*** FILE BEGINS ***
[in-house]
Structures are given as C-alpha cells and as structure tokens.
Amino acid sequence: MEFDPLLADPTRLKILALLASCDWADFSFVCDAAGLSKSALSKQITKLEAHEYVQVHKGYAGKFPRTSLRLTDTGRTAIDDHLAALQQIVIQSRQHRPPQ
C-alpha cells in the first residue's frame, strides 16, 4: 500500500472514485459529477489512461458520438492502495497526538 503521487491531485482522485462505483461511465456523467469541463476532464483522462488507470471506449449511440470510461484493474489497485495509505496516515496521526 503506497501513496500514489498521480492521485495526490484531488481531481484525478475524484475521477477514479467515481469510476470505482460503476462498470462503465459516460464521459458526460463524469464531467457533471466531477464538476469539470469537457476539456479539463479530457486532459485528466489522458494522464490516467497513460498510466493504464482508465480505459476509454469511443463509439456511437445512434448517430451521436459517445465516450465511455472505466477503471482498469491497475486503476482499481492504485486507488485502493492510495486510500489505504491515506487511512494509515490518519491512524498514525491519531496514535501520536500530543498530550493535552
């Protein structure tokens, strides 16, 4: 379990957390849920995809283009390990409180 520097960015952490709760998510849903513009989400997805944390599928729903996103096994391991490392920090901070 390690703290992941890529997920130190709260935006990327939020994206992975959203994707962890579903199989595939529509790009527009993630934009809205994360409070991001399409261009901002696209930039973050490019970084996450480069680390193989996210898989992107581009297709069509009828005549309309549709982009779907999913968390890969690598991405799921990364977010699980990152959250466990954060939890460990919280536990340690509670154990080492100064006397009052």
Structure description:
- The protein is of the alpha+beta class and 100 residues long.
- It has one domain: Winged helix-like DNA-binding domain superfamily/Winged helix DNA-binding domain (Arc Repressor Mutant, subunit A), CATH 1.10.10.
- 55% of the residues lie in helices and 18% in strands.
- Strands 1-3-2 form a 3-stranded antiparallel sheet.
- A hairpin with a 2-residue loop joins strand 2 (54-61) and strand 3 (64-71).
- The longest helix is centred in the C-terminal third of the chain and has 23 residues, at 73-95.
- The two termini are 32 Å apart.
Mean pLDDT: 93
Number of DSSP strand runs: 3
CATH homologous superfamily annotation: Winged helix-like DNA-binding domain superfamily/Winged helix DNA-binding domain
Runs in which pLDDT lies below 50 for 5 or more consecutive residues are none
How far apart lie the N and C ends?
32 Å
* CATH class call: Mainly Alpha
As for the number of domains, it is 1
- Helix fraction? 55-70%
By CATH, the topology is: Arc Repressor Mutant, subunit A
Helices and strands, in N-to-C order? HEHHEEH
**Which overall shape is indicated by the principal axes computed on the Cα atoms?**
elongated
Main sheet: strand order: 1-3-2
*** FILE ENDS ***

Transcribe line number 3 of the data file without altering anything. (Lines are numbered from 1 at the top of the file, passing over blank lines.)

Amino acid sequence: MEFDPLLADPTRLKILALLASCDWADFSFVCDAAGLSKSALSKQITKLEAHEYVQVHKGYAGKFPRTSLRLTDTGRTAIDDHLAALQQIVIQSRQHRPPQ